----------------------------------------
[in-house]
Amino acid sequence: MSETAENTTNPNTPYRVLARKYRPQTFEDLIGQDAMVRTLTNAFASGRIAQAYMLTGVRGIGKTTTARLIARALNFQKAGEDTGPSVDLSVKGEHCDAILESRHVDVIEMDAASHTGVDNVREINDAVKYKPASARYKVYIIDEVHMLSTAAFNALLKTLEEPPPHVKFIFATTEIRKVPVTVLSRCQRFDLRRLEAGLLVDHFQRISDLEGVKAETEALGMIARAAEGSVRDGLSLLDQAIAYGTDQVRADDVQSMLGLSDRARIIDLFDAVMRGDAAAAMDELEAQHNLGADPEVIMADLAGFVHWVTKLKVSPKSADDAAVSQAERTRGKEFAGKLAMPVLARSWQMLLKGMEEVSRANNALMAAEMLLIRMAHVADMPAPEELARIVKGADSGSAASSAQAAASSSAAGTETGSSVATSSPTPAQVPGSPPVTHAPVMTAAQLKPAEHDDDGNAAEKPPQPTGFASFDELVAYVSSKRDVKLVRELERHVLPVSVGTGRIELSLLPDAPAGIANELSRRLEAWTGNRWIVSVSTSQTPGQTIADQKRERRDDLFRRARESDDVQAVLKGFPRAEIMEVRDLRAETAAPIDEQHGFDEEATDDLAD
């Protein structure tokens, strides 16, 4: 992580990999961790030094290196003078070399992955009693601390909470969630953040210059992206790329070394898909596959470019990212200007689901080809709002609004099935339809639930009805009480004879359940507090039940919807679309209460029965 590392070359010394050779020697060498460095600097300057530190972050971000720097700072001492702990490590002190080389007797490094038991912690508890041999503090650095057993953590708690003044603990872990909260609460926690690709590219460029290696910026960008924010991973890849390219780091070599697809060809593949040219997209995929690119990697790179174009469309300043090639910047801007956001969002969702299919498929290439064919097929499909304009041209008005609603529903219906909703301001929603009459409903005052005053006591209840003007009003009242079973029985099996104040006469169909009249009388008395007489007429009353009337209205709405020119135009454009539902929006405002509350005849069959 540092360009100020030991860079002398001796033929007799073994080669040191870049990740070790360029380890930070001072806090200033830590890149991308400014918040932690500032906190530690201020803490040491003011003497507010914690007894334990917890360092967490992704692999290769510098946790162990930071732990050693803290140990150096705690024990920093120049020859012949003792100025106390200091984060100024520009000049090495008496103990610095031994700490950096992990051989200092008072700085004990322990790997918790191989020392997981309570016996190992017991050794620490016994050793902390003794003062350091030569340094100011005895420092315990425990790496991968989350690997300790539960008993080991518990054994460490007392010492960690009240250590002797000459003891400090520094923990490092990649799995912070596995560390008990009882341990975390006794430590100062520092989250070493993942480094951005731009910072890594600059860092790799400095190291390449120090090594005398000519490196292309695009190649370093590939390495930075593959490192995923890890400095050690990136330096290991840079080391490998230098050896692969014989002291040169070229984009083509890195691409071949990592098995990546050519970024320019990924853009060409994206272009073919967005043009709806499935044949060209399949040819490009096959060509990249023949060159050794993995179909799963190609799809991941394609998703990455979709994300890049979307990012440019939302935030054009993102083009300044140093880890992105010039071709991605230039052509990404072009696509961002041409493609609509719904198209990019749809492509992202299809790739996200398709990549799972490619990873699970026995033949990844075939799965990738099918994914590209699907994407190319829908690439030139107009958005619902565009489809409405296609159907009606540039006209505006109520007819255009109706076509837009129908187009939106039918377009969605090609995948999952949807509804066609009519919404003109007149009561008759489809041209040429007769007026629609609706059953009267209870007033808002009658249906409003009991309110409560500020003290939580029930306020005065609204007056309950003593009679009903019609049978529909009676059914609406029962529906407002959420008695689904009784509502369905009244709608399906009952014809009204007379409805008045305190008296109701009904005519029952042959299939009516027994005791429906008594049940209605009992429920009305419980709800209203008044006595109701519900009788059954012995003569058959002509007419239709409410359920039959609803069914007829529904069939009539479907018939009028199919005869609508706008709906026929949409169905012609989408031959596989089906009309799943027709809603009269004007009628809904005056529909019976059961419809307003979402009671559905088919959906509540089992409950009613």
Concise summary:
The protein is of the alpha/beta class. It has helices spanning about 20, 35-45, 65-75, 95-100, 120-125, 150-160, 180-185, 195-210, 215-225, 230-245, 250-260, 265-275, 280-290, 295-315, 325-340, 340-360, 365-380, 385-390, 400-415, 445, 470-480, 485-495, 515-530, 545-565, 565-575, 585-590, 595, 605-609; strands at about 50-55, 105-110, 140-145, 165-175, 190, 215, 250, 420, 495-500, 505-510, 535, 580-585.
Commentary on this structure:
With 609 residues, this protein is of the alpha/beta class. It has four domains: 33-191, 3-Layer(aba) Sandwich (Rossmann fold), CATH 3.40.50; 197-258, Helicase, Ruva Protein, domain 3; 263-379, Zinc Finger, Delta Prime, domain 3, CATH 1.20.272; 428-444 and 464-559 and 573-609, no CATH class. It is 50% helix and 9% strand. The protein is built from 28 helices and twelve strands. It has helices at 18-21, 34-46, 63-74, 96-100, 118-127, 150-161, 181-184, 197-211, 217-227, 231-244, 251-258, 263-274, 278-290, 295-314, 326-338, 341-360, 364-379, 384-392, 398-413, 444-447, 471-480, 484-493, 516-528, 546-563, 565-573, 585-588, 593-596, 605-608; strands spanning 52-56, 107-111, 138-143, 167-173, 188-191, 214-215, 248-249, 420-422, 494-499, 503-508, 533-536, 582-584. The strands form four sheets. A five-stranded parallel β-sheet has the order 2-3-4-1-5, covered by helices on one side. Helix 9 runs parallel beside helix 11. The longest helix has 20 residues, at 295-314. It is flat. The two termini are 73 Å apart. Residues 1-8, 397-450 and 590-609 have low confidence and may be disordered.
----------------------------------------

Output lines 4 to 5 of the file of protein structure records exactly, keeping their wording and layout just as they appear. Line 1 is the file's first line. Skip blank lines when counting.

Concise summary:
The protein is of the alpha/beta class. It has helices spanning about 20, 35-45, 65-75, 95-100, 120-125, 150-160, 180-185, 195-210, 215-225, 230-245, 250-260, 265-275, 280-290, 295-315, 325-340, 340-360, 365-380, 385-390, 400-415, 445, 470-480, 485-495, 515-530, 545-565, 565-575, 585-590, 595, 605-609; strands at about 50-55, 105-110, 140-145, 165-175, 190, 215, 250, 420, 495-500, 505-510, 535, 580-585.